Biden pledges ‘New Deal-like’ economic agenda to counter Trump

Democratic presidential candidate former Vice President Joe Biden speaks at McGregor Industries in Dunmore, Pa., Thursday, July 9, 2020. (AP Photo/Matt Slocum)

DUNMORE, Pa. — Democrat Joe Biden turned his campaign against President Donald Trump toward the economy Thursday, introducing a New Deal-like economic agenda.

The former vice president presented details of what he touted as the most aggressive government investment in the U.S. economy since World War II.

“His failures come with a terrible human cost and a deep economic toll,” Biden said during a 30-minute address at a metal works firm near his childhood hometown of Scranton, Pennsylvania. “Time and again, working families are paying the price for this administration’s incompetence.”

Biden and his aides believe the issue is an all-encompassing opening that gives Democrats avenues to attack Trump on multiple fronts while explaining their own governing vision for the country.

The former vice president began Thursday with proposals intended to reinvigorate the U.S. manufacturing and technology sectors.

Biden called for a $400 billion, four-year increase in government purchasing of U.S.-based goods and services, plus $300 billion in new research and development in U.S. technology firms. He proposed tightening current “Buy American” laws.

The procurement overhaul is based on ideas Biden said has discussed with his former presidential rival, Sen. Elizabeth Warren, who offered similar proposals during the Democratic primary.

He also emphasized previous pledges to establish a $15-per-hour minimum wage, strengthen workers’ collective bargaining rights and repeal Trump’s 2017 tax law.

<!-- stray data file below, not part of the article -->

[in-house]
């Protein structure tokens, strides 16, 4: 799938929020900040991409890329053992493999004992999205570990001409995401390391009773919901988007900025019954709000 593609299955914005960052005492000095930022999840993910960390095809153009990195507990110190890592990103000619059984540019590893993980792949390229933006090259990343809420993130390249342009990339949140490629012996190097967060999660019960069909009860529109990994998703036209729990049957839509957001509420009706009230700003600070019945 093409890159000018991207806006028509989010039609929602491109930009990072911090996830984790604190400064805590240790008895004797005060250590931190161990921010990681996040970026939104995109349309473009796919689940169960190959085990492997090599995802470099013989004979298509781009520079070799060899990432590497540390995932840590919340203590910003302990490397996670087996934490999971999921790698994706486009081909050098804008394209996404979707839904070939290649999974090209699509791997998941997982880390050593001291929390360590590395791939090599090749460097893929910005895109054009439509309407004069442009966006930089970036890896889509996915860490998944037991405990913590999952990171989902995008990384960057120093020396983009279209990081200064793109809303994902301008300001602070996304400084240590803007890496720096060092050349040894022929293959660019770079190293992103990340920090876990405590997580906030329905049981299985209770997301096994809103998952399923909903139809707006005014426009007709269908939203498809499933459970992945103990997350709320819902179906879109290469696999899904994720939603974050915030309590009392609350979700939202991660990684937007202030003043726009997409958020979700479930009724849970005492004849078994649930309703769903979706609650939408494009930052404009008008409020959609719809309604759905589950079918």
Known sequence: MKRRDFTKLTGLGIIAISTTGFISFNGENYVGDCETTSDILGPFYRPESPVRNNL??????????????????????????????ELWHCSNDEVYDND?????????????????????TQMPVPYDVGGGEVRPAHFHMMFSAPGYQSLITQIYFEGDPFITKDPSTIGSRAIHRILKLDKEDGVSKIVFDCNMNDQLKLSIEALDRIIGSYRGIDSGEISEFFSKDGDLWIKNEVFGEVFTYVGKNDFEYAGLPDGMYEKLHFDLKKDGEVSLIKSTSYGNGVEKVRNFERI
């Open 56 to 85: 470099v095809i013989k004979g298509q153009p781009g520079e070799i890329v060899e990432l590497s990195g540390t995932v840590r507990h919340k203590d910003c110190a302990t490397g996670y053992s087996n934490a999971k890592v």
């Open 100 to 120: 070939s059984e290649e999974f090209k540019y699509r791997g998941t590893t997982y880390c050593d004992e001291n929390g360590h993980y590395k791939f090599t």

His opening emphasis on manufacturing and labor policy is no coincidence: Biden wants to capitalize on his union ties and win back working-class white voters who fueled Trump’s upset win four years ago.

“It’s not sufficient to build back. We have to build back better,” Biden said, promising he’d “ensure all Americans are in on the deal.”

Vice President Mike Pence on Thursday was also in Pennsylvania, where he cast Biden as a threat to the economy. Pence touted job gains before the pandemic and said Trump is now leading a “great American comeback.” He said the company where Biden spoke received federal pandemic aid that Trump signed into law.

Still, as with Pence’s remarks Thursday, Republicans have made clear they’ll attack Biden on trade and the economy, tying him to the Democratic party’s move to the far left on taxes and a willing participant in decades of trade policy that gutted American workers. Trump also has lampooned Biden as “weak on China.”

As a senator, Biden voted for the North American Free Trade Agreement in 1994. One of Trump’s signature achievements is an overhaul of NAFTA, which he accomplished with backing from many Democrats on Capitol Hill.

The campaign’s policy outline emphasizes that Biden wants a resurgence in U.S. markets before engaging in new trade agreements abroad. That includes the Trans-Pacific Partnership that Biden advocated when he was President Barack Obama’s vice president. Trump opposed the TPP as a 2016 candidate.

For now, Biden has not said how he’d pay for the proposed new spending for manufacturing and technology. Revenue from repealing GOP tax cuts on corporations and the wealthiest Americans, Biden says, would cover his proposed annual spending, including expanded Medicaid coverage.